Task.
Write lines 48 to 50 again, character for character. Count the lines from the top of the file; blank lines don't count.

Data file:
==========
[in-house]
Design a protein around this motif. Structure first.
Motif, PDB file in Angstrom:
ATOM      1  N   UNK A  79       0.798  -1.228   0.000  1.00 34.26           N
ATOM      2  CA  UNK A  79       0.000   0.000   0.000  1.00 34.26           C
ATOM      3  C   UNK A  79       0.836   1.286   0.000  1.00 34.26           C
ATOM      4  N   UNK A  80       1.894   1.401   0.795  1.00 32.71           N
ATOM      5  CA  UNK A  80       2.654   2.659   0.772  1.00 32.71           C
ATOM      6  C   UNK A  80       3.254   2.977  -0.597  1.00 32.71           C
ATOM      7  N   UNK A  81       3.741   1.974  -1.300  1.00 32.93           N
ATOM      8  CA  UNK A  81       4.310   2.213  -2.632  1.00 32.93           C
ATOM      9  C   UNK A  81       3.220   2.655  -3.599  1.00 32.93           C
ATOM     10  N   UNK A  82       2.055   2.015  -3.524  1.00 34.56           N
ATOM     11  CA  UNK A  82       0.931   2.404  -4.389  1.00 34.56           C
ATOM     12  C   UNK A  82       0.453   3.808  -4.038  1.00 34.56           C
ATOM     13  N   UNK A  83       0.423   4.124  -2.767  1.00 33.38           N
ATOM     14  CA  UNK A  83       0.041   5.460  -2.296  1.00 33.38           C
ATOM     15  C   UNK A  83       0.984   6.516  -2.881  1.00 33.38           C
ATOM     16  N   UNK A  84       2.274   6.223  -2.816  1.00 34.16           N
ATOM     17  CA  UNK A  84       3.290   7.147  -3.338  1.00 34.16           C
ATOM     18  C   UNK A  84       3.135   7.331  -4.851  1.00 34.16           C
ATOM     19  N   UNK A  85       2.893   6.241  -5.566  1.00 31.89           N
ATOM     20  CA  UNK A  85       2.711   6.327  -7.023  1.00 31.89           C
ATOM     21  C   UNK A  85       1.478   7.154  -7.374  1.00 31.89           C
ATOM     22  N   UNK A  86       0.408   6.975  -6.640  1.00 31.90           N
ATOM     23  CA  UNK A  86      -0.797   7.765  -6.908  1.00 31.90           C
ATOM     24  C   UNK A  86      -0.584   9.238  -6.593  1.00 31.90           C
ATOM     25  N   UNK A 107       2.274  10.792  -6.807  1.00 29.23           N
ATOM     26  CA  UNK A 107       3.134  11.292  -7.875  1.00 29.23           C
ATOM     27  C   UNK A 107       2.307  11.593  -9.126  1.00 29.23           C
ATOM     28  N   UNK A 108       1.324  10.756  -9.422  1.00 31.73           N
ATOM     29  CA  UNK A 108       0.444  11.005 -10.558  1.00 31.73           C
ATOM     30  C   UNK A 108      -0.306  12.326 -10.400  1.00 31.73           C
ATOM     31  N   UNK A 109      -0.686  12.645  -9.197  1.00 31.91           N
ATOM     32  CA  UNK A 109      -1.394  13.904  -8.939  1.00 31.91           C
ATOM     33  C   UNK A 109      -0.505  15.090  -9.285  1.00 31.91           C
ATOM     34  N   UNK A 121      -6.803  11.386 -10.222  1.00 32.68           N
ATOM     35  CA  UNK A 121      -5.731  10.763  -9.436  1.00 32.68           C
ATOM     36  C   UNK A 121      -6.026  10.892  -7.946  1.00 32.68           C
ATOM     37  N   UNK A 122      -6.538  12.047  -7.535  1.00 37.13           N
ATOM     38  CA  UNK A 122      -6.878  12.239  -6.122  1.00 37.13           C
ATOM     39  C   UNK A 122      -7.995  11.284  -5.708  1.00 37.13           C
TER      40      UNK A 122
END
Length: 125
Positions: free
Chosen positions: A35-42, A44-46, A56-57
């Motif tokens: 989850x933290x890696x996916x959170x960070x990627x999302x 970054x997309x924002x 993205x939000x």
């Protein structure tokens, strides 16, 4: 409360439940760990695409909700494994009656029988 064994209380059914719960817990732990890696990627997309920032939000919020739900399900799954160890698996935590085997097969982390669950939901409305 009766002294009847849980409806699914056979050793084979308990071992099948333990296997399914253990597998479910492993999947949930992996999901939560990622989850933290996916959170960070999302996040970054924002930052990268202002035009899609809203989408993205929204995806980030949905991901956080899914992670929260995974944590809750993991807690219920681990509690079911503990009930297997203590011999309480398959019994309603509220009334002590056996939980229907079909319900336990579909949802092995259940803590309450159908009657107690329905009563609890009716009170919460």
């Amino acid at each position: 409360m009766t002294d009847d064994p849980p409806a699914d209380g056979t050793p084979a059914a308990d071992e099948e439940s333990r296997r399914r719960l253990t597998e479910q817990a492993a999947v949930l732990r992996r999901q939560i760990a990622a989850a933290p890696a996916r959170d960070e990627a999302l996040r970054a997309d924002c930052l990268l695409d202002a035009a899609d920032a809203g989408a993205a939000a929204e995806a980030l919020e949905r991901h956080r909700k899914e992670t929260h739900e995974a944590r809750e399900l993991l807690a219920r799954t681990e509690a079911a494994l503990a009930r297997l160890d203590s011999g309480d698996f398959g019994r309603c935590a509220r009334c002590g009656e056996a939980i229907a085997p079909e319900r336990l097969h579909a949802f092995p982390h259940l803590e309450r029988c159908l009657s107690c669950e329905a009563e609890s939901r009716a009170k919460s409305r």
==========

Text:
């Motif tokens: 989850x933290x890696x996916x959170x960070x990627x999302x 970054x997309x924002x 993205x939000x």
């Protein structure tokens, strides 16, 4: 409360439940760990695409909700494994009656029988 064994209380059914719960817990732990890696990627997309920032939000919020739900399900799954160890698996935590085997097969982390669950939901409305 009766002294009847849980409806699914056979050793084979308990071992099948333990296997399914253990597998479910492993999947949930992996999901939560990622989850933290996916959170960070999302996040970054924002930052990268202002035009899609809203989408993205929204995806980030949905991901956080899914992670929260995974944590809750993991807690219920681990509690079911503990009930297997203590011999309480398959019994309603509220009334002590056996939980229907079909319900336990579909949802092995259940803590309450159908009657107690329905009563609890009716009170919460």
């Amino acid at each position: 409360m009766t002294d009847d064994p849980p409806a699914d209380g056979t050793p084979a059914a308990d071992e099948e439940s333990r296997r399914r719960l253990t597998e479910q817990a492993a999947v949930l732990r992996r999901q939560i760990a990622a989850a933290p890696a996916r959170d960070e990627a999302l996040r970054a997309d924002c930052l990268l695409d202002a035009a899609d920032a809203g989408a993205a939000a929204e995806a980030l919020e949905r991901h956080r909700k899914e992670t929260h739900e995974a944590r809750e399900l993991l807690a219920r799954t681990e509690a079911a494994l503990a009930r297997l160890d203590s011999g309480d698996f398959g019994r309603c935590a509220r009334c002590g009656e056996a939980i229907a085997p079909e319900r336990l097969h579909a949802f092995p982390h259940l803590e309450r029988c159908l009657s107690c669950e329905a009563e609890s939901r009716a009170k919460s409305r």